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Troll Mill Paperback – January 29, 2008


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Product Details

  • Age Range: 10 and up
  • Paperback: 384 pages
  • Publisher: HarperTeen (January 29, 2008)
  • Language: English
  • ISBN-10: 0060583096
  • ISBN-13: 978-0060583095
  • Product Dimensions: 6.8 x 4.2 x 0.8 inches
  • Shipping Weight: 6.4 ounces
  • Average Customer Review: 4.4 out of 5 stars  See all reviews (5 customer reviews)
  • Amazon Best Sellers Rank: #436,512 in Books (See Top 100 in Books)

Editorial Reviews

From School Library Journal

Grade 5-8–Three years after the events of Troll Fell (HarperCollins, 2004), orphan Peer Ulfsson is living happily with his new family but is haunted by the memory of his two cruel uncles. Although they are now serving the trolls in the troll kingdom, Peer feels he has not seen the last of them. When their mill starts running again, seemingly of its own accord, Peer is alarmed, but determined never again to let anyone terrorize him. Even without the haunted mill, life is complicated–Kersten, the wife of his good friend Bjorn, has run off into the sea, leaving behind her baby with webbed fingers, and Peer suspects that she was a seal-maiden. Also, Peers feelings for his friend Hilde have developed from brotherly affection to something more. The narrative is tightly woven and more intense than that of its predecessor, and despite the presence of selkies, household fairies, and uncanny babies, the drama is centered around human struggles. In the tradition of Scandinavian myth and folklore, the conclusion is poignant and true, with enough open-endedness for another sequel.–Farida S. Dowler, Mercer Island Library, WA
Copyright © Reed Business Information, a division of Reed Elsevier Inc. All rights reserved. --This text refers to an out of print or unavailable edition of this title.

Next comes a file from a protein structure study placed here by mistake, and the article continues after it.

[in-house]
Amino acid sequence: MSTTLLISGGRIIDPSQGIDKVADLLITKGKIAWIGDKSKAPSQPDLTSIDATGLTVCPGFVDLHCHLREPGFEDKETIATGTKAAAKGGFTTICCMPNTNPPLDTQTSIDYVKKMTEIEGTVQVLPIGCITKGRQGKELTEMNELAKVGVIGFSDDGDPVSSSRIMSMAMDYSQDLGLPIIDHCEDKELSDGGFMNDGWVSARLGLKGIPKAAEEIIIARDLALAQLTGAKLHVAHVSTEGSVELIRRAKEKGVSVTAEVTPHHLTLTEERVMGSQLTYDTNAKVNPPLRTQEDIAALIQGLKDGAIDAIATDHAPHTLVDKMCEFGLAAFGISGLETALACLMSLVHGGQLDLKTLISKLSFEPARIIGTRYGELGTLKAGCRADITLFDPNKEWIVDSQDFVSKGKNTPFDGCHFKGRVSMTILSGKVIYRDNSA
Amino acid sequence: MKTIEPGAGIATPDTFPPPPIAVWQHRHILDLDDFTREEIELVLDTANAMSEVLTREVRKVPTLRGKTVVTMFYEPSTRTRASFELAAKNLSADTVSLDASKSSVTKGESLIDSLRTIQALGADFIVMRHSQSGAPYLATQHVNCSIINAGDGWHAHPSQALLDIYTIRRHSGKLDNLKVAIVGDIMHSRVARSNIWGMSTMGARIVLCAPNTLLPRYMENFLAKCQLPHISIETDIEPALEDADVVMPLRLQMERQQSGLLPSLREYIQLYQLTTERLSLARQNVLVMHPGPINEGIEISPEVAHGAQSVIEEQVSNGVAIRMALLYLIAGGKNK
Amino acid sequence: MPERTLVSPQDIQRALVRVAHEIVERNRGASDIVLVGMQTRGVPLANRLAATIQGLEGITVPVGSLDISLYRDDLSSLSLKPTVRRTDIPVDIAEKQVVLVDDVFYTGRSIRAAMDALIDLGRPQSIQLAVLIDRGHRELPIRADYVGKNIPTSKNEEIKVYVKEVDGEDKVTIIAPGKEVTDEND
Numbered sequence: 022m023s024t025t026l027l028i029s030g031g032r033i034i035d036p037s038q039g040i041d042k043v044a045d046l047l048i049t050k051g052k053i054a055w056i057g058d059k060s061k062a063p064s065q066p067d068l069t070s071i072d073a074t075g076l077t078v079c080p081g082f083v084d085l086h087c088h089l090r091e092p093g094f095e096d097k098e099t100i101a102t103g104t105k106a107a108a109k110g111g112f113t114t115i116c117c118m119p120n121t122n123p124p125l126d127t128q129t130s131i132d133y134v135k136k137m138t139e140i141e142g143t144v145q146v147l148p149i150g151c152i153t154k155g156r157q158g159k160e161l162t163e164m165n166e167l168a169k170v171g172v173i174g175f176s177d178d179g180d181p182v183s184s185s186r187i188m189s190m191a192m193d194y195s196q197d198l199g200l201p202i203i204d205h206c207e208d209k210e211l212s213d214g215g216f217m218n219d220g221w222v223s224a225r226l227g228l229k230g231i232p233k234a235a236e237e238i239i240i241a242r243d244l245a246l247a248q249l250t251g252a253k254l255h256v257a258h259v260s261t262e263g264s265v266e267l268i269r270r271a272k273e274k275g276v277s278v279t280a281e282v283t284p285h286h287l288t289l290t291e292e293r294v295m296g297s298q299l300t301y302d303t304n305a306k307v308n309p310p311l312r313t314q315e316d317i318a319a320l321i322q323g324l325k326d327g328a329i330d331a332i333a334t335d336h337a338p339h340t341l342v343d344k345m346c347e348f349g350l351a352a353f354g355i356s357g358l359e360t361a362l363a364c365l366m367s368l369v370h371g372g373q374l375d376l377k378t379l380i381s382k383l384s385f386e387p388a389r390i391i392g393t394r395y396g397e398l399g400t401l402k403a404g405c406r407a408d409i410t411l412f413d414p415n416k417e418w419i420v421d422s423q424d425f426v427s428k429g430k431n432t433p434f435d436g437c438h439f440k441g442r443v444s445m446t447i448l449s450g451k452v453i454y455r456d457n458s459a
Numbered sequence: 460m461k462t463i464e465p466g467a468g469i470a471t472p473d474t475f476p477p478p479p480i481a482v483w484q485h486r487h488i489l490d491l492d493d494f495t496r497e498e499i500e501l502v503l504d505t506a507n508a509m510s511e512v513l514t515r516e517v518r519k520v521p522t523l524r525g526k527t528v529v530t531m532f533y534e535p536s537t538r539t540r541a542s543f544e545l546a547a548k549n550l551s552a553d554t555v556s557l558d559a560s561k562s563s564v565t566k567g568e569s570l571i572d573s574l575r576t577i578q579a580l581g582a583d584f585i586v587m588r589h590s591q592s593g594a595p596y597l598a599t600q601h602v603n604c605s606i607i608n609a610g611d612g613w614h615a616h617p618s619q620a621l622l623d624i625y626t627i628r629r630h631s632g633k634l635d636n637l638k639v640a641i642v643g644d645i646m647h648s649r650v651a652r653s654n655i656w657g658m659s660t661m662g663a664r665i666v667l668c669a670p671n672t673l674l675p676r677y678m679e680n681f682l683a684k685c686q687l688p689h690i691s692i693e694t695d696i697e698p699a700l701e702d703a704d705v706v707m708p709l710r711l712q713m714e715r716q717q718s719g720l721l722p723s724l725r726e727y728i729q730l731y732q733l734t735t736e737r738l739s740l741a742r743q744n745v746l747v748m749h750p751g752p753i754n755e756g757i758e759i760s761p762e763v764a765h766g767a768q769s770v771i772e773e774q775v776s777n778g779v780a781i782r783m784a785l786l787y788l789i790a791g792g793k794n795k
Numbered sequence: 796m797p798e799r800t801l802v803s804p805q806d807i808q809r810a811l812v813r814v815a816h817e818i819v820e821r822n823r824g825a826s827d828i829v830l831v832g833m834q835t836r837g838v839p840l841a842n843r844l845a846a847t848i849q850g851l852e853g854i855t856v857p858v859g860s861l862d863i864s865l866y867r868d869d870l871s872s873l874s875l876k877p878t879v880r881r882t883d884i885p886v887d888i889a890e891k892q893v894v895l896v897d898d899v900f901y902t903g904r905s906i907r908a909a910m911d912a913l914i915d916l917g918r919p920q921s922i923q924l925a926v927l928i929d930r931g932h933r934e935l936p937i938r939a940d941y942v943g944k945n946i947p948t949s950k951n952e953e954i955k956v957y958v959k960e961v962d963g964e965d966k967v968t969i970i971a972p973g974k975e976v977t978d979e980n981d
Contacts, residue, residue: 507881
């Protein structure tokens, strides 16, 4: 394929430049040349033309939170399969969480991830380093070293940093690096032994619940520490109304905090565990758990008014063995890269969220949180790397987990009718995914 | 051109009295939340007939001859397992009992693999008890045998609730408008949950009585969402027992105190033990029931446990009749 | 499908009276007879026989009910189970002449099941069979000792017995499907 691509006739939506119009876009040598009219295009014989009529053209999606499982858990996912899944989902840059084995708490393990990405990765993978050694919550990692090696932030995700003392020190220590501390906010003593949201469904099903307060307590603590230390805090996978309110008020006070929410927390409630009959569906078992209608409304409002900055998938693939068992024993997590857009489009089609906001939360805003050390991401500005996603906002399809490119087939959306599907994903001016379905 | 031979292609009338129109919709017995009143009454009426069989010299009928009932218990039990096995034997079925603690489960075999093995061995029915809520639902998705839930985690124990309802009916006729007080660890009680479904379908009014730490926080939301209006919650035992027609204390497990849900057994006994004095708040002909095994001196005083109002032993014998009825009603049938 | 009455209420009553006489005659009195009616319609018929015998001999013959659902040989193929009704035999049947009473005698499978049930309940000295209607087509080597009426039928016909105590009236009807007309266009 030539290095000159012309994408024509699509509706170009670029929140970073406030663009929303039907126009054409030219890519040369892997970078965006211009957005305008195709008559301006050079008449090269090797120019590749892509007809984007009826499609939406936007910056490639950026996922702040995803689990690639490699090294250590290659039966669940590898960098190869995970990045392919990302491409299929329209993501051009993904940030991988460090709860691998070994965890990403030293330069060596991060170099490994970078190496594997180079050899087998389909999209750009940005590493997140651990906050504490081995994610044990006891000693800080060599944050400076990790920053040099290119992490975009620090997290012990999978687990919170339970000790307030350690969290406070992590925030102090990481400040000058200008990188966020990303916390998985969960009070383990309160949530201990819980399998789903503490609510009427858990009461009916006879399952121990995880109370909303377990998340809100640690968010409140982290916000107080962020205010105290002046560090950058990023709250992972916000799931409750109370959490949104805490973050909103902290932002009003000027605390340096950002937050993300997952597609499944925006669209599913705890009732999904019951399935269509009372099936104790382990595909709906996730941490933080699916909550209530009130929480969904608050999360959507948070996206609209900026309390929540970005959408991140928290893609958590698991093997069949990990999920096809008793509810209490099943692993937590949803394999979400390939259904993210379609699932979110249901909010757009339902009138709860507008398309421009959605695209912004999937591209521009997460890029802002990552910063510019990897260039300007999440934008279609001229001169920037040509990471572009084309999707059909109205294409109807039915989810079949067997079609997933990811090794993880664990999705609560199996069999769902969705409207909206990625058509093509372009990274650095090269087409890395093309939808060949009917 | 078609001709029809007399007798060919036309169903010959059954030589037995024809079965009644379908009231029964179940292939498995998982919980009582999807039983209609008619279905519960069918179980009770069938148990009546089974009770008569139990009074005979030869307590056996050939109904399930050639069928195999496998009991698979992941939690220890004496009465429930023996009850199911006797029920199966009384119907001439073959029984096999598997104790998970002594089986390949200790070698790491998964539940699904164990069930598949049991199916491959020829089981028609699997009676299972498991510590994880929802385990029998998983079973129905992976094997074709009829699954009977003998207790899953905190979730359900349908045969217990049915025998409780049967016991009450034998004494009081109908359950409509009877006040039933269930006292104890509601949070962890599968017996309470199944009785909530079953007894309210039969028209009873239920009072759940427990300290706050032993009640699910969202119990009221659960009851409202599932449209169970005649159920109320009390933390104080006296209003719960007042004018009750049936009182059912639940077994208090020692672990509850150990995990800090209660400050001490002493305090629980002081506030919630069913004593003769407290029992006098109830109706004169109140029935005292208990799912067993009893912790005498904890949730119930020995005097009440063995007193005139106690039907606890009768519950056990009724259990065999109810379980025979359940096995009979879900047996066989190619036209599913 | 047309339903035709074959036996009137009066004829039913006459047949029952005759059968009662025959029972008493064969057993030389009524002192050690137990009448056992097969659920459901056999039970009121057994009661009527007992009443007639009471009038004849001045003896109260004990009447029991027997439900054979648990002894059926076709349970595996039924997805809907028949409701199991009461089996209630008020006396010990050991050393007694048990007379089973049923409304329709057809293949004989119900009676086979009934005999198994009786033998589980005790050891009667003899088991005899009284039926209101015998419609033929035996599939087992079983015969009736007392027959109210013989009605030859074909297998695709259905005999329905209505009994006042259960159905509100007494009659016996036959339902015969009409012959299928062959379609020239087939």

From Booklist

*Starred Review* Gr. 5-8. Strands of selkie legend frame Langrish's second book^B about likable orphan Peer and his corner of early Norse civilization, where the realities of sea, farm, and hearth come wrapped in shadowy tendrils of folklore. When a local woman disappears into the sea, Hilde's family (with whom Peer now lives) adopts her half-selkie baby, an act that incenses their volatile nonhuman neighbors. The upheaval intensifies the unrest plaguing Peer, now 15, who aches with unrequited emotions for his foster-sister. Finding new purpose in a plan to refurbish his treacherous uncles' abandoned mill, Peer haplessly stirs up further trouble, bringing his valiant, memorable surrogate family into yet another confrontation with the troll kingdom--and forcing Peer to face his savage uncles anew. Readers will want to start with Troll Fell (2004) to fully appreciate Langrish's elaboration on her characters' internal and external circumstances, though even newcomers will respond to the taut plotting and potent language; the rotating mill wheel "rumble[s] like some monstrous stomach," a ghastly beast slithers to the ground with a "squashy flump." The icing on the cake is an irresistible cover: lush, fanciful, and creepy in equal measure, it captures the best qualities of Langrish's evocative world. Jennifer Mattson